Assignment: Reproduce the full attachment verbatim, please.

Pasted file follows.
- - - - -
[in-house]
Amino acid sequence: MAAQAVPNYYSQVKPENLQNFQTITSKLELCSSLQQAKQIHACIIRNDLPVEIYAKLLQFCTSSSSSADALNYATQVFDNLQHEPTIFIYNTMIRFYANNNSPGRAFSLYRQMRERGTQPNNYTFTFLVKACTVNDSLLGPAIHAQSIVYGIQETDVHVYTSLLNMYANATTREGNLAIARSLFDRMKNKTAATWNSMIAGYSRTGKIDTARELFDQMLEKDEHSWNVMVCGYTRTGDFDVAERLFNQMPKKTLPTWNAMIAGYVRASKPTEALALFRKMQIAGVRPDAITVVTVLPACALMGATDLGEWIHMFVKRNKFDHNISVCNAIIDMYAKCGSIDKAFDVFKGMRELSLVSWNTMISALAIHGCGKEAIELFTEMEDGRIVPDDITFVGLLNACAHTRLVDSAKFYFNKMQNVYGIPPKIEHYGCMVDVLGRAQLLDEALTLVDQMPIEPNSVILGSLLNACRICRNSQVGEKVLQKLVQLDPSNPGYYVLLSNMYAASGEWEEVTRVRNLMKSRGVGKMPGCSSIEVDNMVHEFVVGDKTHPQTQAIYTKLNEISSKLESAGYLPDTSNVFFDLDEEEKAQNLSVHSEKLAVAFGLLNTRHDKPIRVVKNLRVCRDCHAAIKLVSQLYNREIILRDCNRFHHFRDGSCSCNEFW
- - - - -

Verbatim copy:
[in-house]
Amino acid sequence: MAAQAVPNYYSQVKPENLQNFQTITSKLELCSSLQQAKQIHACIIRNDLPVEIYAKLLQFCTSSSSSADALNYATQVFDNLQHEPTIFIYNTMIRFYANNNSPGRAFSLYRQMRERGTQPNNYTFTFLVKACTVNDSLLGPAIHAQSIVYGIQETDVHVYTSLLNMYANATTREGNLAIARSLFDRMKNKTAATWNSMIAGYSRTGKIDTARELFDQMLEKDEHSWNVMVCGYTRTGDFDVAERLFNQMPKKTLPTWNAMIAGYVRASKPTEALALFRKMQIAGVRPDAITVVTVLPACALMGATDLGEWIHMFVKRNKFDHNISVCNAIIDMYAKCGSIDKAFDVFKGMRELSLVSWNTMISALAIHGCGKEAIELFTEMEDGRIVPDDITFVGLLNACAHTRLVDSAKFYFNKMQNVYGIPPKIEHYGCMVDVLGRAQLLDEALTLVDQMPIEPNSVILGSLLNACRICRNSQVGEKVLQKLVQLDPSNPGYYVLLSNMYAASGEWEEVTRVRNLMKSRGVGKMPGCSSIEVDNMVHEFVVGDKTHPQTQAIYTKLNEISSKLESAGYLPDTSNVFFDLDEEEKAQNLSVHSEKLAVAFGLLNTRHDKPIRVVKNLRVCRDCHAAIKLVSQLYNREIILRDCNRFHHFRDGSCSCNEFW